Hospitals in New York and across the country are being pushed to reduce medical errors. Although the hospital is responsible for the safety of its patients, there are steps that people can take before or during a hospitalization to reduce the likelihood of becoming a victim of a mistake.
If a hospitalization is not an emergency, an individual can consult various government and private websites to review a particular facility’s safety records against its competitors. Another important thing to know is who will be coordinating an individual’s care while in the hospital. It may be the patient’s primary care physician, or it may be a practitioner employed by the hospital. Knowing who is in charge makes it easier to know whom to ask if there are questions. A patient may also considering bringing someone along to advocate on his or her behalf, particularly if the patient is not physically or mentally able to do so.
Patients should not be embarrassed about asking medical professionals to wash their hands. Hospital-acquired infections occur in an estimated one in 25 patients. Those who are hospitalized should feel free to ask questions about their care and expect a complete and understandable answer. Because adverse drug events can be serious, patients should also bring along their current medications in order to minimize the likelihood of a doctor prescribing a drug with a negative interaction. The final discharge instructions should be carefully reviewed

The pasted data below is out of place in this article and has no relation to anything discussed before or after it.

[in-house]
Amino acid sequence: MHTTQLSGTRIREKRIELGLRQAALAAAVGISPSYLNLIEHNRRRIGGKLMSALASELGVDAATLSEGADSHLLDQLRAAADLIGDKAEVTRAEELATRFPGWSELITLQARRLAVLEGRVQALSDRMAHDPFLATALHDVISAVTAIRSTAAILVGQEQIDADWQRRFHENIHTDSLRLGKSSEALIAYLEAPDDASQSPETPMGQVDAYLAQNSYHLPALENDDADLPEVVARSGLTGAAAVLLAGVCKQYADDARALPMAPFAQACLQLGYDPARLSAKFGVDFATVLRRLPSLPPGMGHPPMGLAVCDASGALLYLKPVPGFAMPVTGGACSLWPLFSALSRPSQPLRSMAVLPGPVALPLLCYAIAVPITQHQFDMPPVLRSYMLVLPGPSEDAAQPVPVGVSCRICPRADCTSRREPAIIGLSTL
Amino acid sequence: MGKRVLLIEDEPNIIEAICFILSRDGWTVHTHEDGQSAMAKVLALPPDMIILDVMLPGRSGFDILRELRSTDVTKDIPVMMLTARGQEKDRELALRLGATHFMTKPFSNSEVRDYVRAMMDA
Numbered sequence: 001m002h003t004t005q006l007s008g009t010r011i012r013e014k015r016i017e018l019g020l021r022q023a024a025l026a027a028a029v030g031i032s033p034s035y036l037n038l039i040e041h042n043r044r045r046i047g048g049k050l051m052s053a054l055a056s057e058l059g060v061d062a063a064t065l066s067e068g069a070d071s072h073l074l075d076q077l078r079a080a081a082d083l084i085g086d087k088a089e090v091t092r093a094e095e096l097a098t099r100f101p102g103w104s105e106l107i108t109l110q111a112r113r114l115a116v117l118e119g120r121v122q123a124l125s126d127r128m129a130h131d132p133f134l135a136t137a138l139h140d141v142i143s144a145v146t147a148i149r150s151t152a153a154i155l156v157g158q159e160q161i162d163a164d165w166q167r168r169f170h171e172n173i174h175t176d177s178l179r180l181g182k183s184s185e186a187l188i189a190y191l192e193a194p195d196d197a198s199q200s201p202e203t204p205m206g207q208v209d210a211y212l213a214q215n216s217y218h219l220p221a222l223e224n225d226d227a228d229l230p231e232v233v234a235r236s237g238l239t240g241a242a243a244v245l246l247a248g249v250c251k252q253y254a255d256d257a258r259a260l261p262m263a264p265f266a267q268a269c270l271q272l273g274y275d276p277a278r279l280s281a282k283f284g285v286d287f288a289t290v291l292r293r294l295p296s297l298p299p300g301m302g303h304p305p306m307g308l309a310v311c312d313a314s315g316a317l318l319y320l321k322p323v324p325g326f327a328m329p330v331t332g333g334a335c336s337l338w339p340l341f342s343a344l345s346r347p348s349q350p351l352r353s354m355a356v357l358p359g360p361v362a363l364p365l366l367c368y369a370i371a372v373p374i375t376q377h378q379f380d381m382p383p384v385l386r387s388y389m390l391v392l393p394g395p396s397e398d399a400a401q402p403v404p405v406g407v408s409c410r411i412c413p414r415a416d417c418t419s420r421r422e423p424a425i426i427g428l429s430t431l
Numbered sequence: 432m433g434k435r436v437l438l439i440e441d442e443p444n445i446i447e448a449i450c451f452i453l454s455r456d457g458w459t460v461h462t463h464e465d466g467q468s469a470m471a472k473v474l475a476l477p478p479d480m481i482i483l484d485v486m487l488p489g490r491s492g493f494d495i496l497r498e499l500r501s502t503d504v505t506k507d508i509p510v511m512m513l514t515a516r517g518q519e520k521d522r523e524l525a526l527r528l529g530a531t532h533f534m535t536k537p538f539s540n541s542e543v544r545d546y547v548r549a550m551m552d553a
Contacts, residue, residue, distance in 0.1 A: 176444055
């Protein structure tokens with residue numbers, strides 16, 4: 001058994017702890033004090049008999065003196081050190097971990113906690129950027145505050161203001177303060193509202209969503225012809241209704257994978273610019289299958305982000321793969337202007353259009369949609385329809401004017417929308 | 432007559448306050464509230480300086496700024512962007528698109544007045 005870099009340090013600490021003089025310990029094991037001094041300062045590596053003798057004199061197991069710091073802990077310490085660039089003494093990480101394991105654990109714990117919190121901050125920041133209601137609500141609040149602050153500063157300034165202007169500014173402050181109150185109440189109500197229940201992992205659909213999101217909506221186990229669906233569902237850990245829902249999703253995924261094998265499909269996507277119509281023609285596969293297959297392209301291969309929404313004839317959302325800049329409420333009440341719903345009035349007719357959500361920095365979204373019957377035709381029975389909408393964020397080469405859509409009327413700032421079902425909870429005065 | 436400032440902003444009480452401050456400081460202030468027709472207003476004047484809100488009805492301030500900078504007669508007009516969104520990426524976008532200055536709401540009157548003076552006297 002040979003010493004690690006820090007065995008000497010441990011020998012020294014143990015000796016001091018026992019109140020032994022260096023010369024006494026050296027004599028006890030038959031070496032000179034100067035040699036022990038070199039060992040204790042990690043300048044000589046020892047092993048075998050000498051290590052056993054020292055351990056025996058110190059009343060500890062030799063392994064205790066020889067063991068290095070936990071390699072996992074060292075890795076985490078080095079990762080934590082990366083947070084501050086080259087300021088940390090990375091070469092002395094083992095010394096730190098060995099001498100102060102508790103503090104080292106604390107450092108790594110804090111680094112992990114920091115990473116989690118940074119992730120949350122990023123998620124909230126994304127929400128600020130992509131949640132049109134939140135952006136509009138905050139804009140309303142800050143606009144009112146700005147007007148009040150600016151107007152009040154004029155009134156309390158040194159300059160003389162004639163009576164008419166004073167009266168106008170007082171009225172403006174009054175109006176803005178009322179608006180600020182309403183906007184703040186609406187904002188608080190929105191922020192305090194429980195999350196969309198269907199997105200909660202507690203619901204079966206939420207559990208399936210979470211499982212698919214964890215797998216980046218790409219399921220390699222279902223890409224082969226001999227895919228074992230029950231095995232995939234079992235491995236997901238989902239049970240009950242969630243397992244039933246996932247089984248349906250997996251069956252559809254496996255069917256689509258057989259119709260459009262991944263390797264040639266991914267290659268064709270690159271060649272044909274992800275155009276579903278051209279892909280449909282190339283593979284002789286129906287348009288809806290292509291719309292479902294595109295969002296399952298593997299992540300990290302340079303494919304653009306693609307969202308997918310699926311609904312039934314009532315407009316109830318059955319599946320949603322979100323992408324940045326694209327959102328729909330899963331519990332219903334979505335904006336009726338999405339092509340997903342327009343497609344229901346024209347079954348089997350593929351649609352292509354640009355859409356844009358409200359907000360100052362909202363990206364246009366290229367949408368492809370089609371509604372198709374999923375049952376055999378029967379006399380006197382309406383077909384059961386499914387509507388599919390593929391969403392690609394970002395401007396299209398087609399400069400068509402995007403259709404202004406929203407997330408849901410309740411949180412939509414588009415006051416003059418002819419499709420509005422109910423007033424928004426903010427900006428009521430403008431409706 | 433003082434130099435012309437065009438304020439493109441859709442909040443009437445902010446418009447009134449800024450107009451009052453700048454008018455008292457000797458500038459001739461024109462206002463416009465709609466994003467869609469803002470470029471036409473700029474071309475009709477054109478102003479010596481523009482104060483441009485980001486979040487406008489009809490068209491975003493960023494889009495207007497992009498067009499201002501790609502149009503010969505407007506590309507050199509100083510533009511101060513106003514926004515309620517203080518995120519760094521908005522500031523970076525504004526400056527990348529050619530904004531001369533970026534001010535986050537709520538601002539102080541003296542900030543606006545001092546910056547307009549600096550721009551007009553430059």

A person who has been hospitalized and suffered a negative outcome despite taking recommended precautions may consider consulting with a medical malpractice attorney. A review of the patient’s medical records may result in a determination that there was a failure to exhibit the required standard of care on the part of one or more practitioners or other hospital employees.